clock menu more-arrow no yes mobile

Filed under:

Can you handle The Truth?

When it's all said and done the 2006/2007 season will go down in history as one of the Boston Celtics’ worst. The organization was rocked by the loss of Red Auerbach and Dennis Johnson, debilitating injuries, and one epic losing streak. And yet there is still a buzz surrounding the team. For whatever reason â€" Al Jefferson’s emergence as a double-double machine, Delonte West’s strong showing since the All Star Break, glimpses of the future from Rajon Rondo and Gerald Green, the lure of a potentially high draft pick, or blind loyalty â€" Celtics fans have not quit.

However, while the fan base remains invested, debates rage about the ideal outcome of games. There are those who refuse to accept moral victories, believe strongly in learning how to win, and desperately want to finish the season on a high note in preparation for next year. The middle of the road fans also enjoy Celtics victories but simultaneously accept losses, provided the team works hard and the young players develop. Finally, there is a contingent of fans that openly roots against the team. They happily discuss fantanking, ping-pong balls, lottery percentages, college phenoms, the detrimental results of meaningless victories, and Doc Rivers’ recent coaching strategies. In sum they argue that a top two pick is the only way to drastically improve the fate of the franchise.

 Ultimately, even in light of the aforementioned reasons for optimism and the fractured fan base, this season has been all about Paul Pierce. It is easy to forget now, but Pierce started the season in phenomenal shape. He complemented his regular stellar offensive play by grabbing 7.4 rebounds per game before the foot injury. In his absence the team went from bad to atrocious, losing 20 of 22 games. Eventually Pierce brought credibility back to the lineup even as he struggled with conditioning issues. And over the last few weeks his presence finally translated into victories. His influence has been both direct â€" scoring 19 points in the first half against Dallas, taking a game clinching charge in the waning moments against San Antonio, running more, and unleashing several “I’m Paul Pierce” moments â€" and subtle â€" accepting Jefferson’s expanded role in the offense, getting inside Josh Smith’s head, and working more vigilantly to keep his shorts from falling down.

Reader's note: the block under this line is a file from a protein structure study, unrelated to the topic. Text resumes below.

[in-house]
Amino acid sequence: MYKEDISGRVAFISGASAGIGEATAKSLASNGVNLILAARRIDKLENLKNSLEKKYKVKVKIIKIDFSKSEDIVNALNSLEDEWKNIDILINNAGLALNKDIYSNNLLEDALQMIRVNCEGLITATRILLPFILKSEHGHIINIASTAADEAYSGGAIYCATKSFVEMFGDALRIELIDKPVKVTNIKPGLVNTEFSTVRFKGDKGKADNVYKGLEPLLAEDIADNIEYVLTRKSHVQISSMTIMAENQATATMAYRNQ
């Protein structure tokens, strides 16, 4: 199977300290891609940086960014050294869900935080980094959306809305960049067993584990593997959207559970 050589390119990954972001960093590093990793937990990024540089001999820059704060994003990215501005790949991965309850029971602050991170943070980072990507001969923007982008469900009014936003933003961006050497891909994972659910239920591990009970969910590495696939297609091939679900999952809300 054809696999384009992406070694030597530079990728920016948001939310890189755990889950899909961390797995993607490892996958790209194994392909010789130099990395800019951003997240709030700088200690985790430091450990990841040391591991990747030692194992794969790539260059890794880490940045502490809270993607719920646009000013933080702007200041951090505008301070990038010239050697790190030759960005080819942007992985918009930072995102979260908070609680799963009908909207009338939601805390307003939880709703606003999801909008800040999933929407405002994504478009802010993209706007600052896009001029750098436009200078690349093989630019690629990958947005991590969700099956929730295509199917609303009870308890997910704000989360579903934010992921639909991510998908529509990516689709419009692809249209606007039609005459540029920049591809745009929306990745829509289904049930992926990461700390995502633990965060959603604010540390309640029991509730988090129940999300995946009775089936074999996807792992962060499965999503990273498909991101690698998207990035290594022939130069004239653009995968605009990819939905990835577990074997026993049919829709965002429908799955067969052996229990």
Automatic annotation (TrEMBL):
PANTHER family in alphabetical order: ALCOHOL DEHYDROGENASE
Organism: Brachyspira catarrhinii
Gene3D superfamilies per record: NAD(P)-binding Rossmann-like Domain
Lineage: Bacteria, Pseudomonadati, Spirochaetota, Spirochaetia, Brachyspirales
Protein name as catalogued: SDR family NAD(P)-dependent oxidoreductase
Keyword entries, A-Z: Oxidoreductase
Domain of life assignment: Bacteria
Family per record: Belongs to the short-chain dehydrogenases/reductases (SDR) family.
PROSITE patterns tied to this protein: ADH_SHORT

Now with 13 games remaining Celtics fans are faced with an interesting dilemma. Where do they stand on Paul Pierce? Yes his shot selection can be dubious and he should refrain from dribbling for prolonged periods of time. But he is the captain, the team’s best player, and a guy that takes a beating, yet always plays hard. So when Pierce says a draft pick is not the answer or discusses shutting it down for the season, Celtics fans take notice and choose sides. In a way Pierce has become the most divisive member of the Celtics in regards to the team’s future. Just look at the rest of the schedule and consider the following questions. How many of the remaining games look like wins with Pierce? How many look like wins without him?

In the end it comes down to how fans feel about last night’s loss to the Bobcats. Even Bill Simmons, the creator and leader of the fantanking movement, admits it was tough to watch. But was that an aberration or a precursor for the final four weeks of the season? If the answer is the latter, it is at the very least a controversial approach for a franchise and a fan base still trying to recover from a previous ping-pong quest. On the flipside the San Antonio Spurs are not giving any of those championships back. But if last night foreshadows the remainder of the season and the Celtics somehow end up with Joakim Noah and Jared Dudley (in the tradition of Ryan Gomes and Leon Powe), what is left? Under this hypothetical, though not unrealistic, scenario Danny Ainge would have to consider trading Paul Pierce . Given Ainge’s past deals and the growing tradition of superstars fetching surprisingly less value in return, that possibility looms as yet another disaster. And that’s the truth.